His Truth Is Marching On~October, 1859

His Truth Is Marching On

In the fall of 1864 as fighting around Petersburg, Virginia, and in the Shenandoah Valley showed no signs of letting up and Sherman marched toward the sea, creating havoc in Georgia, soldiers, politicians, journalists and many others might have thought back to five years before when the threat of civil insurrection caused many to think that the Union was about to dissolve in a sea of blood.

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October– Rochester, New York– “Religion is fast becoming the Devil’s favorite weapon. He uses it on all great occasions, When no other weapon could serve him. In minor offenses against truth and goodness, he is content to refer to human weakness, and the influence of bad surroundings; but when some monstrous outrage against the just rights of man– such as slavery– is called in question, the Devil at once betakes himself to the Bible. Standing up in the name of Moses and the prophets, and bulwarking himself by the throne of the God of Israel, he is almost safe from attack, and may hold his place in repose. With one well chosen text he can confound and overwhelm all evangelical Christendom. No system of wrong ever more fully enjoyed this advantage than American slavery. The Bible has been ransacked for passages to sustain the relation of master and slave. Doctors of Divinity, North and South, both before and since the passage of the Fugitive Slave Bill, have been busy in thus defending the foul and haggard curse of human bondage from the assaults made upon it in the name of reason and humanity. Would that their labors had been less successful! For the slave’s sake, and the Bible’s sake, this religious support given to slavery is a sad calamity. Not only is the slave blasted and ruined by it, but the recognized foundations of religion, order and justice are all damaged. How shall mercy go to the Bible for succor, when cruelty and robbery, and every nameable and un-nameable villainy goes to the same Bible for protection, and finds there its amplest defense.” ~ Douglass’ Monthly.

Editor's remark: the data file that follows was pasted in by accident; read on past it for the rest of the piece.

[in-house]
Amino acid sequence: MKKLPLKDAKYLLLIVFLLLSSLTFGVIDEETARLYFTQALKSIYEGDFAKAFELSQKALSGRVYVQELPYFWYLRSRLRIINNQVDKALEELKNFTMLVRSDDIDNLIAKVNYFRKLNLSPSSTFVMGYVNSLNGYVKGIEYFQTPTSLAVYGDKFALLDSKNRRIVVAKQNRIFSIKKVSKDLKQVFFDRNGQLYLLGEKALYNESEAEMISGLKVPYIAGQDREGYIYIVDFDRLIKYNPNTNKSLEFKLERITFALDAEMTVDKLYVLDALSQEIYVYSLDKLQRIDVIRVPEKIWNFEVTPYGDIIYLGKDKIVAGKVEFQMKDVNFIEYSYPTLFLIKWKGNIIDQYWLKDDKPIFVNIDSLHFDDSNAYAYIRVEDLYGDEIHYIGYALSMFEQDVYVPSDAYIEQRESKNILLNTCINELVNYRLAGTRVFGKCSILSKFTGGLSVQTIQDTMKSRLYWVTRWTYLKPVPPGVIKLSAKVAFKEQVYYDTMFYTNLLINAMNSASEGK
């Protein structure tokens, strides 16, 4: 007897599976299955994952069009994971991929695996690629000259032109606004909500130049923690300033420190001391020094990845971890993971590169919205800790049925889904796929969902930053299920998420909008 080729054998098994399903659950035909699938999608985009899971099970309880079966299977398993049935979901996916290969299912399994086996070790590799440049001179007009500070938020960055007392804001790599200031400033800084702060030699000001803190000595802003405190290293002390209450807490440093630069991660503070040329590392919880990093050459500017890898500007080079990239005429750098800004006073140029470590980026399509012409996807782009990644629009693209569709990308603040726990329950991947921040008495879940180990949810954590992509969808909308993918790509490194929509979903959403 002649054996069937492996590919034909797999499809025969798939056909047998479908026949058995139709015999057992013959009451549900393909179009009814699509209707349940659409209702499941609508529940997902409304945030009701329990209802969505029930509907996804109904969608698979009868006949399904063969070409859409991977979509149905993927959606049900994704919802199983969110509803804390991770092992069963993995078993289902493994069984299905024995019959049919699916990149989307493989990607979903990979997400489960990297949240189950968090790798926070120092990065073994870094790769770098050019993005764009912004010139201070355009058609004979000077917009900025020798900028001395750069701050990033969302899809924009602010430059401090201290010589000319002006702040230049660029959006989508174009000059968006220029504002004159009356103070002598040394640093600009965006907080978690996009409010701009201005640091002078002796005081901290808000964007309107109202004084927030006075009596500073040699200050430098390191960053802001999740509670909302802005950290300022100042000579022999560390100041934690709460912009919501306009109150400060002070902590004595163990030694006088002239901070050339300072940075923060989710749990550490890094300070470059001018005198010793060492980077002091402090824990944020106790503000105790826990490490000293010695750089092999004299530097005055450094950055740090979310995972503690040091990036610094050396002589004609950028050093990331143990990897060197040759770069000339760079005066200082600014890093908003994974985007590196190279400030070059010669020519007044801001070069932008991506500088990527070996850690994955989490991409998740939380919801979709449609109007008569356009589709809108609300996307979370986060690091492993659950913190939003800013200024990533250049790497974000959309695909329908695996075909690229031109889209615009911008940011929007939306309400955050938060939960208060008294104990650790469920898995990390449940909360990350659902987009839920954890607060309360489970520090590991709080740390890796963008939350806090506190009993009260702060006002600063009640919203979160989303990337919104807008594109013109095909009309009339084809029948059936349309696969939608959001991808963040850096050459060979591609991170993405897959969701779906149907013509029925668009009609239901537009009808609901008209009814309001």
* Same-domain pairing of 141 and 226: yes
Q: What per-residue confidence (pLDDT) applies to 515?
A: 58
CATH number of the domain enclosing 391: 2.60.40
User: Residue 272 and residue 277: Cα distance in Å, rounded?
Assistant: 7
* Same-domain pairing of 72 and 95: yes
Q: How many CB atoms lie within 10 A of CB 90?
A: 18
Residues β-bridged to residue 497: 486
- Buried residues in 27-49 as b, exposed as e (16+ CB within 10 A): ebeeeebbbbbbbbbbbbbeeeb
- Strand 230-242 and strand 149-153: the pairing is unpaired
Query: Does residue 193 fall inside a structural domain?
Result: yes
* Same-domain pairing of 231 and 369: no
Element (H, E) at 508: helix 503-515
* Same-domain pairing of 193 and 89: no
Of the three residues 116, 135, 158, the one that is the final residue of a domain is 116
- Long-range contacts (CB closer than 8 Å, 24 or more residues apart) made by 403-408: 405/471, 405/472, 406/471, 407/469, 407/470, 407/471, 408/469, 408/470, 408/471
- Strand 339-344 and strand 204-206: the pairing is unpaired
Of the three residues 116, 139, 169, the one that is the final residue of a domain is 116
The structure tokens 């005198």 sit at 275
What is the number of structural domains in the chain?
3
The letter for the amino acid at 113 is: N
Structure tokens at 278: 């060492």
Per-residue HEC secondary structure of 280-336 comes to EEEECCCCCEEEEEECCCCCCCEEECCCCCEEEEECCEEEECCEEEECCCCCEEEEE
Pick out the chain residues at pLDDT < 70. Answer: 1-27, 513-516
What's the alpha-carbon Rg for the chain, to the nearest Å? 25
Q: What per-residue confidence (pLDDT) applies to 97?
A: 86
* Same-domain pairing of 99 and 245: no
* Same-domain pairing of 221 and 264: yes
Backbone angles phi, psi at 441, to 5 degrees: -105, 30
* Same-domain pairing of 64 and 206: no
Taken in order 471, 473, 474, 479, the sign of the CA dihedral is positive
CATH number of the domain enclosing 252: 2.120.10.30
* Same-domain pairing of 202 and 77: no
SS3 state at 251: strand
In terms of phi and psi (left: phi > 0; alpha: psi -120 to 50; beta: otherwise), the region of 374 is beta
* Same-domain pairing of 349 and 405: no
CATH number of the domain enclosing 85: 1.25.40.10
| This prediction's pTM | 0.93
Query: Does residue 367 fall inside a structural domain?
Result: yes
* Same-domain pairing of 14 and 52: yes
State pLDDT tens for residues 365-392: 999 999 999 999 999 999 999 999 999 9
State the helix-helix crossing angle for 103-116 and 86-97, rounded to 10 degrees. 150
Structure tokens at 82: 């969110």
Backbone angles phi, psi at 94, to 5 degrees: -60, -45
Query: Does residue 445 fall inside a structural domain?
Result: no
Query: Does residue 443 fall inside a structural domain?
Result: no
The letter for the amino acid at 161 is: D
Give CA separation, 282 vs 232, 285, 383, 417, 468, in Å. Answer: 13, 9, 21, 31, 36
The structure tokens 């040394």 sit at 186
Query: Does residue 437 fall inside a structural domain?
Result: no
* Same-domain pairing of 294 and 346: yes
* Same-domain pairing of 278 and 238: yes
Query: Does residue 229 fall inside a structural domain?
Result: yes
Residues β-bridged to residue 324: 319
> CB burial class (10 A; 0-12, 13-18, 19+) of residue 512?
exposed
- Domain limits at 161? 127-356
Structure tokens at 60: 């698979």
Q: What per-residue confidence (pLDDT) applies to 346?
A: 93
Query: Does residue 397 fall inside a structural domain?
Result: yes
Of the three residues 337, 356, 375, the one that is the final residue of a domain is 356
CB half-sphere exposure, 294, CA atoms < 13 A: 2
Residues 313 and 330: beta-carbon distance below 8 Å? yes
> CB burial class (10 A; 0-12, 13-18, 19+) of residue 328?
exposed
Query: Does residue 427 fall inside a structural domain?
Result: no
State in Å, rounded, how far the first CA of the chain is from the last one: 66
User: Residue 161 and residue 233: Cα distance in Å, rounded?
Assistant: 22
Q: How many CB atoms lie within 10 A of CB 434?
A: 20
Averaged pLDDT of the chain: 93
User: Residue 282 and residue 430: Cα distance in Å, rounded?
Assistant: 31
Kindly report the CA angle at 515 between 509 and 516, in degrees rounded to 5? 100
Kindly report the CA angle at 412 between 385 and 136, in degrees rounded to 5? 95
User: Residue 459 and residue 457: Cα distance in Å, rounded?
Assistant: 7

October– Philadelphia, Pennsylvania– “There is also another very injurious practice, not so extensively among our female adults since wearing the hair plain came into fashion, but sufficiently so among children, to call for animadversion, as being highly detrimental to its future growth and beauty. The use of tongs, curling and crimping irons, will prove most destructive agents to the nourishing property of hair. We all know that the application of a certain degree of heat destroys the animal nature of the hair, causing an offensive effluvia to escape, peculiar to hair when burnt; this arises from the action of the heat, in setting free the volatile oil, which has now become converted into a gas, while the living texture of the hair itself contracts and loses its identity if the heat be sufficiently great. It will be admitted that the proper use of the curling instruments has never done this when the heat has been regulated; but the objection is, nevertheless, still a powerful one. . . . We may as reasonably drink a cup of boiling tea without fear or danger of its injuring the coats of the stomach, as apply hot irons to the hair and not expect injury to follow. The least harmless mode of curling hair is to moisten it, with a solution of gum Senegal in water, turning it round paper squibs, and, after letting it so remain for a few hours, dressing the hair as usual, by which means it is kept in a perfectly natural condition.” ~ Godey’s Lady’s Book.